Let’s look at how a smart contact could work in the real world using the insurance industry as a model for our example.
Traditional insurance companies have a lot of overheads directly related to the large amount of administrative tasks, and therefore human effort, associated with creating new customer accounts and processing customer claims.
The direct impact of this not only affects the insurance company but also their customers, as these costs are usually added to insurance premiums.
But there could be a better way to manage these processes by use of a smart contract, but how exactly?
Smart Contract Automation
Let’s suppose that John wants to take out a home insurance policy with Sensa Home Insurance. Being a forward-thinking company, Sensa’s website has been created on a blockchain network that uses smart contract technology. On completion of the online registration form, Johns details are processed within the smart contract, which automatically decides whether or not to accept John as a customer, as well as the cost of his premiums.
A smart contract achieves this by running user inputs, in this case, John’s answers, through a series of checks pre-programmed into the smart contract e.g. if John has a good credit rating, that’s a positive, but if he also lives in an area that is prone to flooding, that’s a negative.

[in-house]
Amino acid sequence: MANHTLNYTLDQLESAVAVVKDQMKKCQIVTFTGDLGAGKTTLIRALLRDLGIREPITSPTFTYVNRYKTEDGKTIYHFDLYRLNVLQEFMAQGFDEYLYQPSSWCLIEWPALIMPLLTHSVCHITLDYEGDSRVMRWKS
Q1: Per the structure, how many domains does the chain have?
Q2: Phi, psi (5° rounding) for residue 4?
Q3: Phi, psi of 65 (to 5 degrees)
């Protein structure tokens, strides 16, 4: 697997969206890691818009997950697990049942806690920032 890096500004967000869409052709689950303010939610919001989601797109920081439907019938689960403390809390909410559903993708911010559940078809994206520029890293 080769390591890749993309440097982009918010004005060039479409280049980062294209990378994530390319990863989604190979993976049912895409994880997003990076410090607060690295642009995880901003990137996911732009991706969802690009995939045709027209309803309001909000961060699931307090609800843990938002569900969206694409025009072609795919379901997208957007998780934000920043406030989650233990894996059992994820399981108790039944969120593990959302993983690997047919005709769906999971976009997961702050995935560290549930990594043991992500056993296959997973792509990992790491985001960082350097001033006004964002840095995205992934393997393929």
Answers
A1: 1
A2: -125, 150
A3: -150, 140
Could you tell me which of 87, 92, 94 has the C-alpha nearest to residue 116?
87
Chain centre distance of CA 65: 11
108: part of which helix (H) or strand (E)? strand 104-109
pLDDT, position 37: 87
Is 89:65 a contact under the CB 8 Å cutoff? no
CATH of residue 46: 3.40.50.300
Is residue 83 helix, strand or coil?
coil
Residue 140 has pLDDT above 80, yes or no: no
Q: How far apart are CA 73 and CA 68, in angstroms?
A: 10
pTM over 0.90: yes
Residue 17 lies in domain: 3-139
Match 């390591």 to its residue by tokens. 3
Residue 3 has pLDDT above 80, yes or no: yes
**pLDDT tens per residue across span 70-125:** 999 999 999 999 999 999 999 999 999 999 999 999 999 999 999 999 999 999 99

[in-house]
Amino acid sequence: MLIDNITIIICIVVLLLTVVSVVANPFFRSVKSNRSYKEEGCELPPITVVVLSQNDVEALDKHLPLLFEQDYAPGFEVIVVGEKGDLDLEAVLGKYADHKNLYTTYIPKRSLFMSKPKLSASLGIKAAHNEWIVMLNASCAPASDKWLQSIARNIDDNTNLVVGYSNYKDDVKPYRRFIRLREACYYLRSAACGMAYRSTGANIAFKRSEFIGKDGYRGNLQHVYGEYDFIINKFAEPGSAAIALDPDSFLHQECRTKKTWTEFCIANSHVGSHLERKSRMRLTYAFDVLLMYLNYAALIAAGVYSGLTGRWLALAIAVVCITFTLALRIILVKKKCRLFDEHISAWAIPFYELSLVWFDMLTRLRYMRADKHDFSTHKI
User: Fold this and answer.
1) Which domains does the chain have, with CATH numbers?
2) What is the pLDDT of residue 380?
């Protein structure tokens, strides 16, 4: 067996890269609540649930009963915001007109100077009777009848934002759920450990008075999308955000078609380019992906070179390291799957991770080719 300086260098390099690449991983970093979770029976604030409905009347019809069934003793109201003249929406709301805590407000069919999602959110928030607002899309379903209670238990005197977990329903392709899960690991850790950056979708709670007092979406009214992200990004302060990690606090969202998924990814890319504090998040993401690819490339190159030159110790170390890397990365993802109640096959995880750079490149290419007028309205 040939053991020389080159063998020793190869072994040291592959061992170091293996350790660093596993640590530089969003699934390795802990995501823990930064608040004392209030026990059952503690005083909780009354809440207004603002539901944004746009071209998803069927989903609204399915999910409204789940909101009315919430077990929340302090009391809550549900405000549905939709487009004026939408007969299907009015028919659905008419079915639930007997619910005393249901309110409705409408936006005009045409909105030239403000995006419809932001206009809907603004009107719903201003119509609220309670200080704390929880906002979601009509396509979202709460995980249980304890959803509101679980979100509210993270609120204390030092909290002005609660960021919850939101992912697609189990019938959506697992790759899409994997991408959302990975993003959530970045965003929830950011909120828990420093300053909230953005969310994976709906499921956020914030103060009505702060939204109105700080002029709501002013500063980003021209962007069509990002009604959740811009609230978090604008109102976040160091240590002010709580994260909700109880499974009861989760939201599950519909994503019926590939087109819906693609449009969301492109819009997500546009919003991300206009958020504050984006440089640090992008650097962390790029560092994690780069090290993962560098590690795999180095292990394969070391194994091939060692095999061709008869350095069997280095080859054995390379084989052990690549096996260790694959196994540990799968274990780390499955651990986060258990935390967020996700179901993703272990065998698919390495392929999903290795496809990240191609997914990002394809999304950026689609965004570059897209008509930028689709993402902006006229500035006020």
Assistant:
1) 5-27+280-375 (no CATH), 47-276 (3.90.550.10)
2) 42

Smart contracts ultimately balance all inputs against vast pools of internal and 3rd party data to make a final decision.
Lucky for John, he scores well and is offered a low premium contract at just £100 for the year. John accepts the offer, agreeing to the smart contract terms and conditions and pays his premium.
A record of payment, along with all of the contract terms and conditions are now emailed to John, as well as stored in the smart contract within the blockchain, thus reducing the human effort traditionally required in processing new customer accounts.
In this scenario, the smart contract could also be pre-programmed to execute in the event of a claim, managing settlements and pay-outs inline with the trigger event e.g. a burglary, input by John via the Sensa Home Insurance website